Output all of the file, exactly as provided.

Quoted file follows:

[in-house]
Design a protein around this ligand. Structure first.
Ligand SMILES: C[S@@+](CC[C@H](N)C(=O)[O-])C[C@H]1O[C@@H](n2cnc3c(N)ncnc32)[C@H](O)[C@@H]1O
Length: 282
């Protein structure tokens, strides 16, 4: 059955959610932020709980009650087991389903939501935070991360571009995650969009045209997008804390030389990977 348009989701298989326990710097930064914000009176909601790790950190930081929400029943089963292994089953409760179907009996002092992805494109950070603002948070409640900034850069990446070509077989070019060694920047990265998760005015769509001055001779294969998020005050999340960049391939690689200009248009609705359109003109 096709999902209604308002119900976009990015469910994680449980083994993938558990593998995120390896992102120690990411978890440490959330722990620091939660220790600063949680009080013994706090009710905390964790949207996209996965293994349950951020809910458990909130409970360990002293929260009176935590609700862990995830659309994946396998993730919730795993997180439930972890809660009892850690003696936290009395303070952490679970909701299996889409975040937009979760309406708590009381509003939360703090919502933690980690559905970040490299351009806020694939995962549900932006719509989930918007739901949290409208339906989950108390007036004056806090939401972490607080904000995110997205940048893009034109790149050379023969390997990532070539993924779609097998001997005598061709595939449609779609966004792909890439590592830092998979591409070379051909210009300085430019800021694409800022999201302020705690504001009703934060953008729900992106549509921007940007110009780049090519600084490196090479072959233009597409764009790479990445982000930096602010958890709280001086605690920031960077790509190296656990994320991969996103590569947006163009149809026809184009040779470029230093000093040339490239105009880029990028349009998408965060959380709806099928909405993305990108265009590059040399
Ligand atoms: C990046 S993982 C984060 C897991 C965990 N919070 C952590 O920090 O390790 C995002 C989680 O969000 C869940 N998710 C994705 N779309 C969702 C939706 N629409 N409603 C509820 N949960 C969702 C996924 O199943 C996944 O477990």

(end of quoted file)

[in-house]
Design a protein around this ligand. Structure first.
Ligand SMILES: C[S@@+](CC[C@H](N)C(=O)[O-])C[C@H]1O[C@@H](n2cnc3c(N)ncnc32)[C@H](O)[C@@H]1O
Length: 282
């Protein structure tokens, strides 16, 4: 059955959610932020709980009650087991389903939501935070991360571009995650969009045209997008804390030389990977 348009989701298989326990710097930064914000009176909601790790950190930081929400029943089963292994089953409760179907009996002092992805494109950070603002948070409640900034850069990446070509077989070019060694920047990265998760005015769509001055001779294969998020005050999340960049391939690689200009248009609705359109003109 096709999902209604308002119900976009990015469910994680449980083994993938558990593998995120390896992102120690990411978890440490959330722990620091939660220790600063949680009080013994706090009710905390964790949207996209996965293994349950951020809910458990909130409970360990002293929260009176935590609700862990995830659309994946396998993730919730795993997180439930972890809660009892850690003696936290009395303070952490679970909701299996889409975040937009979760309406708590009381509003939360703090919502933690980690559905970040490299351009806020694939995962549900932006719509989930918007739901949290409208339906989950108390007036004056806090939401972490607080904000995110997205940048893009034109790149050379023969390997990532070539993924779609097998001997005598061709595939449609779609966004792909890439590592830092998979591409070379051909210009300085430019800021694409800022999201302020705690504001009703934060953008729900992106549509921007940007110009780049090519600084490196090479072959233009597409764009790479990445982000930096602010958890709280001086605690920031960077790509190296656990994320991969996103590569947006163009149809026809184009040779470029230093000093040339490239105009880029990028349009998408965060959380709806099928909405993305990108265009590059040399
Ligand atoms: C990046 S993982 C984060 C897991 C965990 N919070 C952590 O920090 O390790 C995002 C989680 O969000 C869940 N998710 C994705 N779309 C969702 C939706 N629409 N409603 C509820 N949960 C969702 C996924 O199943 C996944 O477990």